The second category of desirable social objectives, such as affordable education, healthcare, wage growth, and affordable housing, are all societal needs that we hope we can produce in sufficient supply to meet the demand. Conservatives would argue that the public sector is not capable of accomplishing this effectively, and that conceding control over the production and distribution of such to the government apparatus is an unnecessary risk. Nobody really wants to make the DMV the model for good government—but that doesn’t mean conservatives oppose the goal of meeting those societal needs.

This second category of positive rights is also infused by the idea of “fairness.” We all think we know what’s fair. And we all think that idea is determined by universal moral values. The problem is that “fairness” is a subjective notion that constantly seeks a moral absolute, and depends largely on one’s point of reference. In other words, because fairness cannot by measured in any absolute way, what seems fair to me may seem unfair to you. We become lost in relativism. This is the problem conservatives see in demanding everyone pay their “fair” share of taxes. What, exactly, is fair?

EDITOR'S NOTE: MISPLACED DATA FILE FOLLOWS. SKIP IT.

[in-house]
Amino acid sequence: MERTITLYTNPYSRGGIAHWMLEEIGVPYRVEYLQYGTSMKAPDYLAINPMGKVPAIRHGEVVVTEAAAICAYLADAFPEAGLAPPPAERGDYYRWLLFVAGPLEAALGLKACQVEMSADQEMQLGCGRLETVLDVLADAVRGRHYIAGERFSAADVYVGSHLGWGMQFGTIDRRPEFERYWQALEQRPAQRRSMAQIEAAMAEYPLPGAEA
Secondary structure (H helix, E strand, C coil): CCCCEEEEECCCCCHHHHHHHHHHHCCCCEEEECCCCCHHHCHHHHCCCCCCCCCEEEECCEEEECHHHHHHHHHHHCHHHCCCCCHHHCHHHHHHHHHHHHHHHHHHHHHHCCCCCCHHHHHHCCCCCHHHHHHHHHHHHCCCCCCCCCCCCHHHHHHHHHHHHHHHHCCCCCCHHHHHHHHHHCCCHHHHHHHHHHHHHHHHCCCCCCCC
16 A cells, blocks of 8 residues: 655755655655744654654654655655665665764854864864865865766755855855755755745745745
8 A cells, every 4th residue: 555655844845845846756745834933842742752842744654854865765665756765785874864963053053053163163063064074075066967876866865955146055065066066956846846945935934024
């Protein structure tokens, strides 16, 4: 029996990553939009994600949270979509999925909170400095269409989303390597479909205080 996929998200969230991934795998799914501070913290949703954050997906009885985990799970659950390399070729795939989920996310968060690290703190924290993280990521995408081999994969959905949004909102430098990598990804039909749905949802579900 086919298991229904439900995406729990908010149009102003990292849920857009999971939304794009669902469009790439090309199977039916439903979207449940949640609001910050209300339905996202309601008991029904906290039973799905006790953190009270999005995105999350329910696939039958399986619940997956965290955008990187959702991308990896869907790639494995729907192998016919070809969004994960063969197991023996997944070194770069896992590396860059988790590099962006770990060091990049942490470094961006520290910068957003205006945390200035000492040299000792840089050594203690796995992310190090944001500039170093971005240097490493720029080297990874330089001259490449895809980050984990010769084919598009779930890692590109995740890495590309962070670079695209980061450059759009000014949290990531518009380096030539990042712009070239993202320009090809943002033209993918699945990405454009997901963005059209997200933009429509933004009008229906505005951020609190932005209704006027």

Jonathan Haidt points this out by showing that conservatives and liberals have different definitions of fairness: “On the left, fairness often implies equality, but on the right it means proportionality—people should be rewarded in proportion to what they contribute, even if that guarantees unequal outcomes.”